More funds worries for parks managers

Whether or not you agree that councils hit by the sinking of Landsbanki and Glitnir banks were foolhardy to continue to invest in them after their shares were downgraded by ratings agencies - or that they were simply badly advised - the real worry is that the potential impact on council service provision of this latest chapter in the financial crisis may be the tip of the iceberg.

The concern now among parks specialists is that the Government's unprecedented payments to shore up UK banks may be paid for, at least in part, by a squeeze on public expenditure (news, p3). If the rate support grant to local authorities is cut, green space leaders fear that, as usual, parks will be the first to suffer because of their non-statutory status.

Figures from the Institute for Fiscal Studies (IFS) reported in The Times earlier this week show that taken together, the nationalisation of Northern Rock and Bradford & Bingley, and now the £50bn bank recapitalisation plan, could push the Government's debt to 50 per cent of national income - its highest for 30 years and, as the IFS points out, well above the 40 per cent ceiling Gordon Brown set himself when he was chancellor.

It is difficult to calculate the long-term cost of the extra debt, as it includes emergency measures the Treasury hopes to reverse. But the problem is that these measures have come at a time when the underlying health of public finances is poor and, most recently, exacerbated by factors such as a sharp fall in stamp-duty revenues caused by the housing crisis. Green space managers who have had to become adept at finding new ways to fund projects will once again need to bring out their most creative thinking.

Voice your concerns over EU pesticide proposals

With a crucial vote on the EU's controversial pesticide proposals due at the European Parliament's environment committee in the first week of November, industry bodies are calling for horticulture professionals to write now to the members of the committee with their concerns (news, p8). The message is simple - to reject the stricter amendments being debated and that an EU-wide impact assessment must be carried out before proposals become law.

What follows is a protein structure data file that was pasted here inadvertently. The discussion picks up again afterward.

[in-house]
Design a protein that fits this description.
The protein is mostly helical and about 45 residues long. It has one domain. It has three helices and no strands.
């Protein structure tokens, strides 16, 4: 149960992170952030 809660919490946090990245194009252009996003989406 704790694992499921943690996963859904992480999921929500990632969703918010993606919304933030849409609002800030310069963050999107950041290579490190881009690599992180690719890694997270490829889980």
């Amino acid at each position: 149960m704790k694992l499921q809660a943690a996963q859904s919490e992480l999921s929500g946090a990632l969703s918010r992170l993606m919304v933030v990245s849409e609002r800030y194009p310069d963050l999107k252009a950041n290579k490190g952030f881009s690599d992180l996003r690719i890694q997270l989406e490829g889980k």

- Email: kate.lowe@haymarket.com.


Have you registered with us yet?

Register now to enjoy more articles and free email bulletins

Sign up now
Already registered?
Sign in

Before commenting please read our rules for commenting on articles.

If you see a comment you find offensive, you can flag it as inappropriate. In the top right-hand corner of an individual comment, you will see 'flag as inappropriate'. Clicking this prompts us to review the comment. For further information see our rules for commenting on articles.

comments powered by Disqus

Read These Next

Can UK fresh produce come out of Brexit ahead?

Can UK fresh produce come out of Brexit ahead?

UK production horticulture can become more profitable under one possible Brexit scenario, while other more drastic scenarios will lead to only minor losses in profitability, in contrast to other farming sectors, according to a new report by levy body AHDB with Agra CEAS Consulting.

Business Planning - Staff are your greatest asset

Business Planning - Staff are your greatest asset

An effective strategy to retain staff is the best way for any business to avoid a potential recruitment crisis, Neville Stein advises.

How should agri-tech research for fresh produce function in a post-Brexit UK?

How should agri-tech research for fresh produce function in a post-Brexit UK?

One area affected by the uncertainty around Brexit will be the ongoing development of agricultural technology, seen by many as essential to retain Britain's productivity and competitiveness in fresh produce along with other farming sectors.


Follow us on:
  • Facebook
  • LinkedIn
  • Twitter
  • Google +
Horticulture Jobs
More Horticulture Jobs

Pest & Disease Tracker bulletin 

The latest pest and disease alerts, how to treat them, plus EAMU updates, sent direct to your inbox.

Sign up here

Professor Geoffrey Dixon

GreenGene International chair Geoff Dixon on the business of fresh produce production
 

Read Professor Geoffrey Dixon